2. Enqueue block script and style

Using the register_block_type function, we can enqueue the block’s script and style it with the Guttenberg.

1. Add the following function in the plugin.php file to enqueue the style and script.

function mcb_register_blocks() {

	// Check if Gutenberg is active.
	if ( ! function_exists( 'register_block_type' ) ) {

	// Add block script.
		plugins_url( 'blocks/call-to-action/call-to-action.js', __FILE__ ),
		[ 'wp-blocks', 'wp-element', 'wp-editor' ],
		filemtime( plugin_dir_path( __FILE__ ) . 'blocks/call-to-action/call-to-action.js' )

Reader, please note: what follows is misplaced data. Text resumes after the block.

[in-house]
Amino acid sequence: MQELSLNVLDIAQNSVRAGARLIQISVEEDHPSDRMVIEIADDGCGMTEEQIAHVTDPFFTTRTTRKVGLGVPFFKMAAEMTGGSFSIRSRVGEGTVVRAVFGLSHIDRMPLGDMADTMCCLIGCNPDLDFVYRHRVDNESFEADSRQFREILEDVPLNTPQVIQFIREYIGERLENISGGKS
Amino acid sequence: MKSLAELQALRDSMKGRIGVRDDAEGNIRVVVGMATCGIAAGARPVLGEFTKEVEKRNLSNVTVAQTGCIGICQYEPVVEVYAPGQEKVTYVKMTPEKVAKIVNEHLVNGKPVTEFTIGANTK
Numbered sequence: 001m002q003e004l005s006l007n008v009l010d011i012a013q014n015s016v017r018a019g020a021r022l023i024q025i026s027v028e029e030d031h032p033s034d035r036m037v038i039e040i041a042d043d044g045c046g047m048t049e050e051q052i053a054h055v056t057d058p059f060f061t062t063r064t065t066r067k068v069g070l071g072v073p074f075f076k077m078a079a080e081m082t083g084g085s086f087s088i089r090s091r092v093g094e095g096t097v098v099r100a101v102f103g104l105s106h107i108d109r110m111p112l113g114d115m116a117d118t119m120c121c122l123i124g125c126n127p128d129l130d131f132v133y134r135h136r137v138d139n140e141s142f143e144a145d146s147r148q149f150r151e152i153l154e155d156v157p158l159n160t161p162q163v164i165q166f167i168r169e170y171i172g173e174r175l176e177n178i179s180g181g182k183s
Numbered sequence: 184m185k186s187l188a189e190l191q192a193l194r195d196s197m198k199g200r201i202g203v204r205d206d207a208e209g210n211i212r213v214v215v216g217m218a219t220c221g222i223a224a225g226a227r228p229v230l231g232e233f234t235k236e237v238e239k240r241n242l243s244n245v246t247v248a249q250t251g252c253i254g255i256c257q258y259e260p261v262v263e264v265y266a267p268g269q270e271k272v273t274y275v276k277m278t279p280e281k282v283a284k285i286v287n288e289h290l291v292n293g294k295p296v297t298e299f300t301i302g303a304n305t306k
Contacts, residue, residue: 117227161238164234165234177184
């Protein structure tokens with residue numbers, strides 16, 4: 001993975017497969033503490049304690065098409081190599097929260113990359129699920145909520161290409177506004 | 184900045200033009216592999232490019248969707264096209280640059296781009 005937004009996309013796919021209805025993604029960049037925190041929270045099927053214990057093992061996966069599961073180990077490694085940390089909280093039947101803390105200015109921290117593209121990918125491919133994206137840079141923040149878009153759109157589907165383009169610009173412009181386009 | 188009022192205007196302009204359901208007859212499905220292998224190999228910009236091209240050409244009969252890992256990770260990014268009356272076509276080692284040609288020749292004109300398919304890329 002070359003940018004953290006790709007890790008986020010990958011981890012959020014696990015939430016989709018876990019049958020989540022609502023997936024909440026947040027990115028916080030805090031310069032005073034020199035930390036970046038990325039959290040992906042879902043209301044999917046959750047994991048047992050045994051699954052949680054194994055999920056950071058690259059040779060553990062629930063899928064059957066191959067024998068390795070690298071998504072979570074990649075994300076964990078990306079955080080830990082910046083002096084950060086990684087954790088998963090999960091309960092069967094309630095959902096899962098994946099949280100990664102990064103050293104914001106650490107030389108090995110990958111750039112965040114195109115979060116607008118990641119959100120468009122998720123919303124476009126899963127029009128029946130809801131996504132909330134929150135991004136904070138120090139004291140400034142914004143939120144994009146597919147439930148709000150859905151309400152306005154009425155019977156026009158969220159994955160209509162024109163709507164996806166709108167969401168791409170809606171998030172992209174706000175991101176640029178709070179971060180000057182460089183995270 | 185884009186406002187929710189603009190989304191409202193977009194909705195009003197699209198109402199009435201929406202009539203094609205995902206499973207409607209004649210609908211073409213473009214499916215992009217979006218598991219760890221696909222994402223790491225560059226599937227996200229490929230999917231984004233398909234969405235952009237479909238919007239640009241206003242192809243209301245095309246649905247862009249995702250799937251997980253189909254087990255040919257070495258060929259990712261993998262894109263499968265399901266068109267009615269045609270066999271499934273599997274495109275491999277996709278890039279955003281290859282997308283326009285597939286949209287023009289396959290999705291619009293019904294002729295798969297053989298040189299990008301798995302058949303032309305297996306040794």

// Add block style.
		plugins_url( 'blocks/call-to-action/call-to-action.css', __FILE__ ),
		filemtime( plugin_dir_path( __FILE__ ) . 'blocks/call-to-action/call-to-action.css' )

	// Register block script and style.
	register_block_type( 'mcb/call-to-action', [
		'style' => 'call-to-action', // Loads both on editor and frontend.
		'editor_script' => 'call-to-action', // Loads only on editor.
	] );

add_action( 'init', 'mcb_register_blocks' );

2. Create the following files in the plugin folder to hold the style and script.


3. Register the block

After preparing the base, it’s now time to create the actual block.

1. In the call-to-action.js file, add the following function to register an empty block.

( function( blocks, editor, element ) {
	var el = element.createElement;

	blocks.registerBlockType( 'mcb/call-to-action', {
		title: 'MCB: Call to Action', // The title of block in editor.
		icon: 'admin-comments', // The icon of block in editor.
		category: 'common', // The category of block in editor.
		attributes: {},